Proposal: Explicitly require "Data.Bits.bit (-1) == 0" property
ARJANEN Loïc Jean David
arjanen.loic at gmail.com
Sun Feb 16 14:10:42 UTC 2014
Hello,
I'll have to come down against that proposal because, at least on amd64 for 64
bits-sized types (Int, Int64, Word & Word64), it doesn't works.
That's probably because bit n is usually implemented as 1 shifL n and that on
this architechture, the arithmetic left-shift instruction takes only the shift
count's 6 low-order bits into account. So we have bit (-1) = shiftL 1 (-1) =
shiftL 1 63 = 2 ^ 63.
I suspect the same may happen for 32 bits-sized types on x86 where only the 5
low order-bits of the shift count are considered.
Regards,
ARJANEN Loïc
Le dimanche 16 février 2014, 11:14:12 Herbert Valerio Riedel a écrit :
> Hello *,
>
> Right now, there seems to be no "defined" way to create a zero
> 'Bits'-value (w/o requiring also a 'Num' instance), that has all bits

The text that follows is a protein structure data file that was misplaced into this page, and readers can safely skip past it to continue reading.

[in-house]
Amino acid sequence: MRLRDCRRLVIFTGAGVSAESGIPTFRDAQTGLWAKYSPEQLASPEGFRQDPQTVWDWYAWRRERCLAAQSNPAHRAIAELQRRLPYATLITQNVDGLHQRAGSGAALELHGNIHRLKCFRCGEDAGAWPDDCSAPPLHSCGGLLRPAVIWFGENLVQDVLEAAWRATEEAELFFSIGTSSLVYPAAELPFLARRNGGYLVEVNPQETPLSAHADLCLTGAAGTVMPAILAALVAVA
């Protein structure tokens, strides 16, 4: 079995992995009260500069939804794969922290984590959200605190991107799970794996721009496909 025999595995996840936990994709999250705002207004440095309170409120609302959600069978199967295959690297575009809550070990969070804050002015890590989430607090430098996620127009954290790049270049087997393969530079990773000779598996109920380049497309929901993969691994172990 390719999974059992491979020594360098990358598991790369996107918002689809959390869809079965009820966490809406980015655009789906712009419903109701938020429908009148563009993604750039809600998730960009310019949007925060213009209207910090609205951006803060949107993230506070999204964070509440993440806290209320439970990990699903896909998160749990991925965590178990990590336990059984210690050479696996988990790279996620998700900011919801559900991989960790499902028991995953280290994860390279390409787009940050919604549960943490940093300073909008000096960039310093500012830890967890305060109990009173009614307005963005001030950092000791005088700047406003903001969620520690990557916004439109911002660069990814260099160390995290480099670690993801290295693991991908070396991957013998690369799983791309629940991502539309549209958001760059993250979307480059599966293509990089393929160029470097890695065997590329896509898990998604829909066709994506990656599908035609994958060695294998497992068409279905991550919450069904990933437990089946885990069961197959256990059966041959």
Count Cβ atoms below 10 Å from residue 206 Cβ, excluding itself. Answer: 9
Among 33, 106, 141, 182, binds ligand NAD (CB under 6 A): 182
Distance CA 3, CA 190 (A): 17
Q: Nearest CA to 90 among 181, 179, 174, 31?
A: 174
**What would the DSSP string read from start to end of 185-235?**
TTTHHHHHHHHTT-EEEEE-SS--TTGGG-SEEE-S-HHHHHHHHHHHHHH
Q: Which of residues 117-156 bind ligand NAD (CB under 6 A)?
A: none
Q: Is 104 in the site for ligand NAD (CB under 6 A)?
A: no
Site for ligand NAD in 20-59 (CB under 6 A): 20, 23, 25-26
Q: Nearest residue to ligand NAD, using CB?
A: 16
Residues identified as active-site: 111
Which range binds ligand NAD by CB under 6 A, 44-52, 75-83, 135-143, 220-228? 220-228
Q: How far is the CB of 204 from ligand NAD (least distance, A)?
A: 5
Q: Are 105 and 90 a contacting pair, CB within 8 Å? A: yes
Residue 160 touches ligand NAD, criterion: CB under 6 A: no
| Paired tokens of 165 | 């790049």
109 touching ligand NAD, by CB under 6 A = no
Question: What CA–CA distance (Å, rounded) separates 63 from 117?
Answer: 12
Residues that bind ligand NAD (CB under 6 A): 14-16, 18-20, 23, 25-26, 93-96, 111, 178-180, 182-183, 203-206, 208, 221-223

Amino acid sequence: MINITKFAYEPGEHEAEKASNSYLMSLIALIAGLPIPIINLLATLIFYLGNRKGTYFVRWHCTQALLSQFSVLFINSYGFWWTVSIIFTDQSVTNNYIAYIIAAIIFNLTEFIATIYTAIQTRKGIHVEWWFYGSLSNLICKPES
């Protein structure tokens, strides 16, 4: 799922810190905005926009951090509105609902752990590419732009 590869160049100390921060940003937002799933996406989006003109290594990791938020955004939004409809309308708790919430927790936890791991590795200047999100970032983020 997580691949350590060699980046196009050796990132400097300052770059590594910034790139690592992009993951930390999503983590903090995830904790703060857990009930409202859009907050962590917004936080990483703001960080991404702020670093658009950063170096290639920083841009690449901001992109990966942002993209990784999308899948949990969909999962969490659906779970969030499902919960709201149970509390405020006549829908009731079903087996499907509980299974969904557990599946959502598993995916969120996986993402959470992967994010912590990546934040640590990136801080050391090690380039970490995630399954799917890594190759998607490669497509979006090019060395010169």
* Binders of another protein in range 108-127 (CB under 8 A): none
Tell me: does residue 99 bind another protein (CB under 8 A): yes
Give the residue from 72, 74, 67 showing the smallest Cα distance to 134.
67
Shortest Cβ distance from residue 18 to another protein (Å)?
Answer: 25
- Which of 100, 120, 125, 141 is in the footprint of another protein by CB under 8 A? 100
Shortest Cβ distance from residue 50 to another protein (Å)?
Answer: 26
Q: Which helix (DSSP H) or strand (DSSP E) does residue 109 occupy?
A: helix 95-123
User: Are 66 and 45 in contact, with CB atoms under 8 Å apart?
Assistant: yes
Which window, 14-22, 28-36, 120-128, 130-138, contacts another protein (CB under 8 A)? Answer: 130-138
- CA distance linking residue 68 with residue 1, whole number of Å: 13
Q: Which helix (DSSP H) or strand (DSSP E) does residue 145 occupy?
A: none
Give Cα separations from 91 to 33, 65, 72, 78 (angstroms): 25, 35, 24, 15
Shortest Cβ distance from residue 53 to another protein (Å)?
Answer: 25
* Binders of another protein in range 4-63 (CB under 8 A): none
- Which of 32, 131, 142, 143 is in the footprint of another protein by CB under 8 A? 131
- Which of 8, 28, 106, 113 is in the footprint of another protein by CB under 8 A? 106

> cleared without involving at least two operations from the 'Bits' class
> (e.g. `clearBit (bit 0) 0` or `let x = bit 0 in xor x x`).
>
> OTOH, introducing a new method 'class Bits a where bitZero :: a' seems
> overkill to me.
>
> However, "bit (-1)"[1] seems to result in just such a zero-value for all
> 'Bits' instances from base, so I'd hereby propose to simply document
> this as an expected property of 'bit', as well as the recommended way to
> introduce a zero-value (for when 'Num' is not available).
>
> Discussion period: 2 weeks
>
> [1]: ...or more generally 'bit n == 0' for n<0, as it's usually
> implemented as 'bit n = 1 shift n'
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